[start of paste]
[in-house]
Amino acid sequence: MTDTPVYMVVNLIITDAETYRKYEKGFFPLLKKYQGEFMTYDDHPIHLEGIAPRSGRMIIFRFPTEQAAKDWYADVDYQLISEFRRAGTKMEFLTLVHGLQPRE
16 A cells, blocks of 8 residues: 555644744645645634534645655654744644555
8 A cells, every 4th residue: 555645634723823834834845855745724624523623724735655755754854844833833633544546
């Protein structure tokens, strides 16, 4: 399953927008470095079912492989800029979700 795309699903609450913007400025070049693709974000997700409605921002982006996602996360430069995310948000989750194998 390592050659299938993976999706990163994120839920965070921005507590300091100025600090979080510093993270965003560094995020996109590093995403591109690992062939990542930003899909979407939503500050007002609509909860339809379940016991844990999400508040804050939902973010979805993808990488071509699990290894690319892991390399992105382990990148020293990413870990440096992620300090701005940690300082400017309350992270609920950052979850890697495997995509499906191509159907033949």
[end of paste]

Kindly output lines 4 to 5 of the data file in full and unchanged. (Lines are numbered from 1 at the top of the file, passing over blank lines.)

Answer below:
8 A cells, every 4th residue: 555645634723823834834845855745724624523623724735655755754854844833833633544546
């Protein structure tokens, strides 16, 4: 399953927008470095079912492989800029979700 795309699903609450913007400025070049693709974000997700409605921002982006996602996360430069995310948000989750194998 390592050659299938993976999706990163994120839920965070921005507590300091100025600090979080510093993270965003560094995020996109590093995403591109690992062939990542930003899909979407939503500050007002609509909860339809379940016991844990999400508040804050939902973010979805993808990488071509699990290894690319892991390399992105382990990148020293990413870990440096992620300090701005940690300082400017309350992270609920950052979850890697495997995509499906191509159907033949």